Outreach and Engagement: Collaborative Responses to Homelessness

“You can’t arrest your way out of homelessness,” Officer Nathan Schwiethale states with the confidence borne of success in reaching out to and engaging people experiencing homelessness. He is a member of the Wichita (Kansas) Police Department’s (WPD) Homeless Outreach Team (HOT) that received commendation in early 2015 from the Kansas House of Representatives for its dedication to a new approach to ending homelessness.

This approach focuses on earning the trust of people experiencing homelessness and addressing their needs by working with appropriate service providers. This may divert people away from the court system and get them back on their feet. Through the program, “Karl” regained housing and full-time employment after 32 years of living on the street. “Jimmy,” an overnight user of the Union Rescue Mission, was reunited with his sister back home in Texas. “Robert” and “Rachael,” a couple spending their nights apart at the respective men’s and women’s shelters, launched new careers together.

Making connections to meet needs
For these success stories, WPD HOT officers facilitated access to employment and arranged transportation for people they encountered on the street and in shelters. But the help needed can be far more complicated. All members of the WPD HOT are required to complete crisis intervention team (CIT) training for responding to situations involving behavioral health issues. Schwiethale notes, “Our HOT officers use the CIT training on the job a lot. In fact, our goal is to engage one of the HOT officers as a CIT trainer for other officers in the department. We want to have at least 25 percent of all officers trained in CIT.”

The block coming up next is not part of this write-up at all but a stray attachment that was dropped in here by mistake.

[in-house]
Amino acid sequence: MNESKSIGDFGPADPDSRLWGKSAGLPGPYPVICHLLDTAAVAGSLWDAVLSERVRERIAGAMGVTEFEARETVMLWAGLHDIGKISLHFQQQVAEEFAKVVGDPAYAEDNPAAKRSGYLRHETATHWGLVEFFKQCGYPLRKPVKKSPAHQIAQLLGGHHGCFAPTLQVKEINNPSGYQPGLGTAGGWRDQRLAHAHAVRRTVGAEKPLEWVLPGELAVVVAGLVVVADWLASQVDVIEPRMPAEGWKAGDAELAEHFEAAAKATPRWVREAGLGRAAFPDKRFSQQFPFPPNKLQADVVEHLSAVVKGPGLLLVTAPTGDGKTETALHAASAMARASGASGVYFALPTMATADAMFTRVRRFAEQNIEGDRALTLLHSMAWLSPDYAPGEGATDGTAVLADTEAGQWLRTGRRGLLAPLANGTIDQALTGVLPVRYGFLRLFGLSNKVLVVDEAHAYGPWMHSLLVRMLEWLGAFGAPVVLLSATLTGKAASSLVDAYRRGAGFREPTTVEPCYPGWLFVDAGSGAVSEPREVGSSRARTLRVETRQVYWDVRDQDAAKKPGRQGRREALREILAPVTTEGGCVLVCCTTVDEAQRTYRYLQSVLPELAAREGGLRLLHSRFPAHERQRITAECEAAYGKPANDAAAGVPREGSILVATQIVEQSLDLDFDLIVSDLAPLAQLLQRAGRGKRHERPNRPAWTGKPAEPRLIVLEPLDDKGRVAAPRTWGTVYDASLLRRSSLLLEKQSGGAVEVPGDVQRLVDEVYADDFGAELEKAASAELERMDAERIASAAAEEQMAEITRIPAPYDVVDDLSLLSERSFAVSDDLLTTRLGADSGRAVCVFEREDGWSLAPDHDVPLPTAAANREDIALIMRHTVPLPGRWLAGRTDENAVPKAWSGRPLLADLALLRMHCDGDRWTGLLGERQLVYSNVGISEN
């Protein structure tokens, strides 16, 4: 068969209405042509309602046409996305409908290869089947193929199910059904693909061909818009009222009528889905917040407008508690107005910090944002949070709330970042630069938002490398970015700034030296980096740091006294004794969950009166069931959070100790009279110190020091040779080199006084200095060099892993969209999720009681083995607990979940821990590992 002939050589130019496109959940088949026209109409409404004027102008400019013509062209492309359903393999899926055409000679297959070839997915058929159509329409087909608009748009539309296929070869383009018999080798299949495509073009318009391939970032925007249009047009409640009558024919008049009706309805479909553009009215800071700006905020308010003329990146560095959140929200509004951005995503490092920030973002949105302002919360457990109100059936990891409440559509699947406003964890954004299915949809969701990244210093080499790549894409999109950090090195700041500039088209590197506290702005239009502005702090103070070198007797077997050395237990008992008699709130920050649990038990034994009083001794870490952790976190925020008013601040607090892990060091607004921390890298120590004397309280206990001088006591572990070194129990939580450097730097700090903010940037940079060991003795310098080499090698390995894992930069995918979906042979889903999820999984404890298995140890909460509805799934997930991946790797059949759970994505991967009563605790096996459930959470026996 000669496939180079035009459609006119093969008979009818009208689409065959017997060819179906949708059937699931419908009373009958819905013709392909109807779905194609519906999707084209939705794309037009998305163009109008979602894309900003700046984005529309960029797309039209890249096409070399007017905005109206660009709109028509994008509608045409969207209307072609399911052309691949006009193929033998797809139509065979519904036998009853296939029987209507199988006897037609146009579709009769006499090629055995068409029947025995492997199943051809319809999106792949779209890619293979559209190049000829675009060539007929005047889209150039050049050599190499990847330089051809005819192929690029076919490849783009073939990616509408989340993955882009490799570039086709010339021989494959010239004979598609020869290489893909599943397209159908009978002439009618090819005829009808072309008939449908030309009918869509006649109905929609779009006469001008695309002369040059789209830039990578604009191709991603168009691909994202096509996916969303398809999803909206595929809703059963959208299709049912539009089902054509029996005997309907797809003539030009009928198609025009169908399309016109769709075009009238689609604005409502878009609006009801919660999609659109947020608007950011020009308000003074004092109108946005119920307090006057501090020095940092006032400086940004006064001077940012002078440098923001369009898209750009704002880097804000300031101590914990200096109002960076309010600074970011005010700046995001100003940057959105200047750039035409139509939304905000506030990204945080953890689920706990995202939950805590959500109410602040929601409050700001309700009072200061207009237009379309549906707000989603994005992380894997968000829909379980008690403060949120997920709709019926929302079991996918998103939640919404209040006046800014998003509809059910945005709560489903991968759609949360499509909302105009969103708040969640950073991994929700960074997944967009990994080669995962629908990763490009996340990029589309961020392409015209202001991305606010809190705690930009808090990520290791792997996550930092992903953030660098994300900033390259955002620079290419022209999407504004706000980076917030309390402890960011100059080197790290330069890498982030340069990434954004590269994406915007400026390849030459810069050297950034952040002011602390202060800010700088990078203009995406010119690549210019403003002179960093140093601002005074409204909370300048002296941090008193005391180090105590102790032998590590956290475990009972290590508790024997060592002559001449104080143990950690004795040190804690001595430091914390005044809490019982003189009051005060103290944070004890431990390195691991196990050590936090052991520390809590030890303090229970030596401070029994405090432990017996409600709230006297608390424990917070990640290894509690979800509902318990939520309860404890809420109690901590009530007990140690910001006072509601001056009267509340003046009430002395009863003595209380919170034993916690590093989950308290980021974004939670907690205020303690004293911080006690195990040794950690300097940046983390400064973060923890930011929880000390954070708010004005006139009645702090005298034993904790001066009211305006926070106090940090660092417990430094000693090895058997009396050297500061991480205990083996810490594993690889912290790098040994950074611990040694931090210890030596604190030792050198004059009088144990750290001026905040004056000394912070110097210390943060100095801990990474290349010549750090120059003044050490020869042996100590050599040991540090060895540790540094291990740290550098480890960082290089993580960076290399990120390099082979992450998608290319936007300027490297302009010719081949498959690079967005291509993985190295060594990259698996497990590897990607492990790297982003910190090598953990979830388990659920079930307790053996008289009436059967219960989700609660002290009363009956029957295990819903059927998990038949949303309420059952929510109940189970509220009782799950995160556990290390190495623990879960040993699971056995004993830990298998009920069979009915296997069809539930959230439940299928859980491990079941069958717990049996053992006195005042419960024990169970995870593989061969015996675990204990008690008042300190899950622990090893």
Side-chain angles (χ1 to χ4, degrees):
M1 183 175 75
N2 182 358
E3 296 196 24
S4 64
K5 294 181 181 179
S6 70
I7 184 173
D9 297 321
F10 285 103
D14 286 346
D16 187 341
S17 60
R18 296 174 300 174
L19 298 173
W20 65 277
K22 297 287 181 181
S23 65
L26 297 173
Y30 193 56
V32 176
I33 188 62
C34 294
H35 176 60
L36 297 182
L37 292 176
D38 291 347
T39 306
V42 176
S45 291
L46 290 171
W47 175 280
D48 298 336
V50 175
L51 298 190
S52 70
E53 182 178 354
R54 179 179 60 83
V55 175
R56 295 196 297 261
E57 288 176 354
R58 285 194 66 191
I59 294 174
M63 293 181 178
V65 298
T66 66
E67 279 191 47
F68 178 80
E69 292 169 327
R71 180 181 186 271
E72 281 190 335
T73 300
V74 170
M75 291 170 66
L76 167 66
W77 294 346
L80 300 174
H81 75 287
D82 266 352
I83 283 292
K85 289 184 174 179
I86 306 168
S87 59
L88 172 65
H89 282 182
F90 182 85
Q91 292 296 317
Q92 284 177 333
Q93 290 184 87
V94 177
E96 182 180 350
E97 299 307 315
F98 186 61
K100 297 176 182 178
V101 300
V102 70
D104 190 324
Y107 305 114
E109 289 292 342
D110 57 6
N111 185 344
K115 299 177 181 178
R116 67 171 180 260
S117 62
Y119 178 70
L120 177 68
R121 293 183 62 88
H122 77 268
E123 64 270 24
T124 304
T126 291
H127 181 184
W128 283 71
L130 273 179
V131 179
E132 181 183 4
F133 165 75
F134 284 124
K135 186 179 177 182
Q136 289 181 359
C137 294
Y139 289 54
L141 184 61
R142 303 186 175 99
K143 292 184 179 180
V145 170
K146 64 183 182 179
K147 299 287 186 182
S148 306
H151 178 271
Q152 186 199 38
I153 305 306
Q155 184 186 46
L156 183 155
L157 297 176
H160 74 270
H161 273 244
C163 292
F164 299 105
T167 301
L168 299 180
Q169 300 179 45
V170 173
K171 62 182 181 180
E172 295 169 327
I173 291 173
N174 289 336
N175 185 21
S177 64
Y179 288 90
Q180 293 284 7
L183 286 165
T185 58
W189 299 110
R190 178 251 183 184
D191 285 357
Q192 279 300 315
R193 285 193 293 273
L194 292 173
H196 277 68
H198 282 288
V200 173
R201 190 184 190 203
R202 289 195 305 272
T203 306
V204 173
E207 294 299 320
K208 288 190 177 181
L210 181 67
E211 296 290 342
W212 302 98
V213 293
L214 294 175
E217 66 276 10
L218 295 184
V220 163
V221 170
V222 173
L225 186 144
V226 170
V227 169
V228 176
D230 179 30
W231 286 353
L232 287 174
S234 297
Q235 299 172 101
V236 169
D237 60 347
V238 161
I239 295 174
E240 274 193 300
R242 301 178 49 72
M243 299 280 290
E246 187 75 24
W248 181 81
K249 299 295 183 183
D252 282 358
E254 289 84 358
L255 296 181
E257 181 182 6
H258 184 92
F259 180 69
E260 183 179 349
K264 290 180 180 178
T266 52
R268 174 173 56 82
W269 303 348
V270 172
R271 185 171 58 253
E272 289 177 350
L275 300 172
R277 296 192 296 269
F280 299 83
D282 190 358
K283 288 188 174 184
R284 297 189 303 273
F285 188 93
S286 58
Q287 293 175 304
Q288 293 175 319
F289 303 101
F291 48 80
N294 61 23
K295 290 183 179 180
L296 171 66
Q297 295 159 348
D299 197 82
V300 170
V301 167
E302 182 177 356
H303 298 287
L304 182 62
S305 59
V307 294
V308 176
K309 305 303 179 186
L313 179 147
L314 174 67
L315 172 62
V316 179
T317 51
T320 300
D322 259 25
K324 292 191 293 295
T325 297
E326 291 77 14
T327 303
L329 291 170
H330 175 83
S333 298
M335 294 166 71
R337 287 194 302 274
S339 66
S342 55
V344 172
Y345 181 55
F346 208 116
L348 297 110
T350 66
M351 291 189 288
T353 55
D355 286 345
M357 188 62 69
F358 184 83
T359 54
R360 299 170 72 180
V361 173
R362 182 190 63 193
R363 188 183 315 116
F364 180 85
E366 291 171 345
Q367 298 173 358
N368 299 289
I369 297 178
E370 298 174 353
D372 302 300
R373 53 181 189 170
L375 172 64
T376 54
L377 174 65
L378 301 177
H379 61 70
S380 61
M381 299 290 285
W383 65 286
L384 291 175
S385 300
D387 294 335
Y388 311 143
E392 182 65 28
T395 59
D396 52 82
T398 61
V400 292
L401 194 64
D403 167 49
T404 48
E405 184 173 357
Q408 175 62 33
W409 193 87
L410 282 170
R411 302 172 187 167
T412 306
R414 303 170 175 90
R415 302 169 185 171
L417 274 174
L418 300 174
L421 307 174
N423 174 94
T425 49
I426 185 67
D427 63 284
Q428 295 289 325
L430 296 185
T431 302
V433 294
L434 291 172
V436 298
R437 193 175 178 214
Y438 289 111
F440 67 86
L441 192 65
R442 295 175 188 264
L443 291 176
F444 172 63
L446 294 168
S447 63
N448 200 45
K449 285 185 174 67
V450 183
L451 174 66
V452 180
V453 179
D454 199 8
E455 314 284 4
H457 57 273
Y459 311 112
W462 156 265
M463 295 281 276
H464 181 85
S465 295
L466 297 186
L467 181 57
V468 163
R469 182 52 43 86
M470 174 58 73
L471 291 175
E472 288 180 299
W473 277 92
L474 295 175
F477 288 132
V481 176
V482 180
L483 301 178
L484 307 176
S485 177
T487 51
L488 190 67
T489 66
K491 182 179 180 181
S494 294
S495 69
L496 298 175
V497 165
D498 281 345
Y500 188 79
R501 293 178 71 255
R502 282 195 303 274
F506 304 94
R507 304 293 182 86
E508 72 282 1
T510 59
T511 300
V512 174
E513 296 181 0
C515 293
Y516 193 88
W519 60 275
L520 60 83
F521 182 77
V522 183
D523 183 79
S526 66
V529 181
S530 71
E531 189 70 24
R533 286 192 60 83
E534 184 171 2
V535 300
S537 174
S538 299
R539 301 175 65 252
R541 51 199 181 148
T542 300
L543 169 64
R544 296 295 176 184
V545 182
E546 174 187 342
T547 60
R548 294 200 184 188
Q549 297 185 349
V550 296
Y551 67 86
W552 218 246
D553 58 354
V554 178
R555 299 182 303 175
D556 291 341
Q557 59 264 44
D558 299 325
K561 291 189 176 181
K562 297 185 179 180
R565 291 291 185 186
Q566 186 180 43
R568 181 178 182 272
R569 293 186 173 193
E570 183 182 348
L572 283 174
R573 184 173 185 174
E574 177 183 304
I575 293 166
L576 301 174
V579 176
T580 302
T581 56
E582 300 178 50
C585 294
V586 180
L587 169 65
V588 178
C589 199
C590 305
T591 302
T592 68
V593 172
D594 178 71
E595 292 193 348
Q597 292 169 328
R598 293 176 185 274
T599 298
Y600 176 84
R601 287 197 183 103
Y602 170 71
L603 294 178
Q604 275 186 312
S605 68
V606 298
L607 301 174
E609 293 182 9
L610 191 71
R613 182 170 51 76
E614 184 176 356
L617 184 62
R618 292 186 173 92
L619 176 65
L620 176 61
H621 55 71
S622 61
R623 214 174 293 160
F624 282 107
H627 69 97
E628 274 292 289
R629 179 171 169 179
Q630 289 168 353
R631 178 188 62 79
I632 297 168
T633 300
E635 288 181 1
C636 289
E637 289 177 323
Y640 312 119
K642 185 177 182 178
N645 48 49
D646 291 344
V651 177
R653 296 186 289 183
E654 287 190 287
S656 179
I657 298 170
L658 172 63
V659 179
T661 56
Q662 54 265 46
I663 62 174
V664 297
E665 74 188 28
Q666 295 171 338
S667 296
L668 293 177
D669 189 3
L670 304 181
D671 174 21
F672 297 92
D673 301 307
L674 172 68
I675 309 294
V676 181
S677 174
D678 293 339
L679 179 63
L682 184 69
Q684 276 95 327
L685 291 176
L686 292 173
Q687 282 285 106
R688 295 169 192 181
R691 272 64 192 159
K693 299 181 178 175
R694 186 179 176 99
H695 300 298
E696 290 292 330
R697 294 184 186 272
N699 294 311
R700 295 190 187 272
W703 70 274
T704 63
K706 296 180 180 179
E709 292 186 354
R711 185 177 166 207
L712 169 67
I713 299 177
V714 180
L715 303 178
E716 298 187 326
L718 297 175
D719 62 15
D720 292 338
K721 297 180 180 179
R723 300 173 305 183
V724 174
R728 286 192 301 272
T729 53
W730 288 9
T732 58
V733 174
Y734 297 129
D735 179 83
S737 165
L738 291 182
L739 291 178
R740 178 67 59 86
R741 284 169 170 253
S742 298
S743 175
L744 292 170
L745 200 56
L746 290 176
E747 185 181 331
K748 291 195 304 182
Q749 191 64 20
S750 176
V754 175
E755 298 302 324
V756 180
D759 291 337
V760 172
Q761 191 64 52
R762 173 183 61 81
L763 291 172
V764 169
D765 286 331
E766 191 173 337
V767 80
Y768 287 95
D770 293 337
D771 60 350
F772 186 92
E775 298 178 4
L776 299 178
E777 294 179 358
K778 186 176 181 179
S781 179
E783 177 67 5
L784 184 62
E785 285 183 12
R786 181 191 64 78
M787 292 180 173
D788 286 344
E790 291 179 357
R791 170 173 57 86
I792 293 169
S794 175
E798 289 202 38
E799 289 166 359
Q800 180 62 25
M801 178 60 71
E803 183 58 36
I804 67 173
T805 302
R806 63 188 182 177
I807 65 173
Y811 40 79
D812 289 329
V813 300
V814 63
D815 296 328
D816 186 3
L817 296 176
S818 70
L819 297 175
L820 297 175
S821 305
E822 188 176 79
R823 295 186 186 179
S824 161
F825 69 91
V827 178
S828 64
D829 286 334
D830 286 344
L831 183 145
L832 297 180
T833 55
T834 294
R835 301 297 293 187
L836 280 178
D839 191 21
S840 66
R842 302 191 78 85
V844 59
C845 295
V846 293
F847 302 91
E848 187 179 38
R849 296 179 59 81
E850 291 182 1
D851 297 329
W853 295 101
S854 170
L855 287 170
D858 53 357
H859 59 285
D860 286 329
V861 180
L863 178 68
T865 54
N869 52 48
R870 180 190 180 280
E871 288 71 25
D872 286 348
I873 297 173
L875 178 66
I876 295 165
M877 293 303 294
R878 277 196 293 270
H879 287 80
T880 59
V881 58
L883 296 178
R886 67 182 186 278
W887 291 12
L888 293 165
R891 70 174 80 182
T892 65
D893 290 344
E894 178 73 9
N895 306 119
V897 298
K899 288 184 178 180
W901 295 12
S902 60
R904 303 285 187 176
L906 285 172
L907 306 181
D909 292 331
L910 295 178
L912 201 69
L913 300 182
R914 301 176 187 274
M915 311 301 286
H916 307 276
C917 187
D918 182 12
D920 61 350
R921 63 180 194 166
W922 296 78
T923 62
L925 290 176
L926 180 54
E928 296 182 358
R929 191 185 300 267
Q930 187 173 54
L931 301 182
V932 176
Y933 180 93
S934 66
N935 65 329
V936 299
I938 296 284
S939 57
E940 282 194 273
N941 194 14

The extensive use of CIT training is not surprising. According to the U.S. Department of Housing and Urban Development (HUD) data, 18.43 percent of people experiencing homelessness have a serious mental illness.1 That percentage is higher in the Wichita area, according to COMCARE of Sedgwick County, a SAMHSA grantee provider and key partner of the WPD HOT.2 Chronic substance use is also a significant issue for communities: per the HUD data, as many as 18.39 percent of persons experiencing homelessness have a chronic substance use disorder.3

Crises may also erupt in response to trauma. Having lost the stability of a home, people experiencing homelessness may feel marginalized from society, and they are vulnerable to victimization.4 This can exacerbate earlier trauma brought on by childhood abuse and neglect, domestic violence, community violence, and poverty.5 A study on post-traumatic stress disorder (PTSD) among people experiencing homelessness found that PTSD preceded the onset of homelessness in almost three-quarters of those studied. (Learn more about trauma training for criminal justice professionals) .

SAMHSA: The behavioral health link

As the leader of public health efforts to advance the behavioral health of the nation, SAMHSA has prioritized the availability of permanent housing and supportive services for individuals with mental and substance use disorders. SAMHSA makes funding available through several grant programs, including Projects for Assistance in Transition from Homelessness (PATH).

PATH is a formula grant to the 50 states, the District of Columbia, and U.S. territories used to engage people with serious mental illness, including those with co-occurring substance use disorders. The program has a strong outreach and case management component; in 2013, more than 185,000 people experiencing homelessness benefited from PATH’s outreach services. (Find a local PATH provider.)